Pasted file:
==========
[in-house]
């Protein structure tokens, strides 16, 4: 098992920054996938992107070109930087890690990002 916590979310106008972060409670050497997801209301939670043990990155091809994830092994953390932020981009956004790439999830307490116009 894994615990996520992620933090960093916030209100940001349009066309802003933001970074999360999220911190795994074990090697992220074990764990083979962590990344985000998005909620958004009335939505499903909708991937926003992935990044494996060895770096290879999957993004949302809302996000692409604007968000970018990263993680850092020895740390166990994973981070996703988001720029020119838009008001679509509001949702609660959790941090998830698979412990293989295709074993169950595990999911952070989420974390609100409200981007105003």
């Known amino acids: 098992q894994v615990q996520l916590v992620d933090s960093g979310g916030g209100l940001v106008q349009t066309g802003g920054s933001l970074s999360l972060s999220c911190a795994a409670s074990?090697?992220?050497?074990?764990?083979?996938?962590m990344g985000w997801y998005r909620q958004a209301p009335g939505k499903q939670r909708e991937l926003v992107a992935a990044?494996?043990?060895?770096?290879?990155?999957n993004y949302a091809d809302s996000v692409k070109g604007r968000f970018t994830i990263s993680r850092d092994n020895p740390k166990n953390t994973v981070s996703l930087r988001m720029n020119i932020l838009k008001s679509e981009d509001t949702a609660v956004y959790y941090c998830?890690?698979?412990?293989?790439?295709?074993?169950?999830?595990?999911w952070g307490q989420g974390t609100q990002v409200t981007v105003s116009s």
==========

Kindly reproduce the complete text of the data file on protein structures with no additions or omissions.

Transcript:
[in-house]
């Protein structure tokens, strides 16, 4: 098992920054996938992107070109930087890690990002 916590979310106008972060409670050497997801209301939670043990990155091809994830092994953390932020981009956004790439999830307490116009 894994615990996520992620933090960093916030209100940001349009066309802003933001970074999360999220911190795994074990090697992220074990764990083979962590990344985000998005909620958004009335939505499903909708991937926003992935990044494996060895770096290879999957993004949302809302996000692409604007968000970018990263993680850092020895740390166990994973981070996703988001720029020119838009008001679509509001949702609660959790941090998830698979412990293989295709074993169950595990999911952070989420974390609100409200981007105003």
């Known amino acids: 098992q894994v615990q996520l916590v992620d933090s960093g979310g916030g209100l940001v106008q349009t066309g802003g920054s933001l970074s999360l972060s999220c911190a795994a409670s074990?090697?992220?050497?074990?764990?083979?996938?962590m990344g985000w997801y998005r909620q958004a209301p009335g939505k499903q939670r909708e991937l926003v992107a992935a990044?494996?043990?060895?770096?290879?990155?999957n993004y949302a091809d809302s996000v692409k070109g604007r968000f970018t994830i990263s993680r850092d092994n020895p740390k166990n953390t994973v981070s996703l930087r988001m720029n020119i932020l838009k008001s679509e981009d509001t949702a609660v956004y959790y941090c998830?890690?698979?412990?293989?790439?295709?074993?169950?999830?595990?999911w952070g307490q989420g974390t609100q990002v409200t981007v105003s116009s």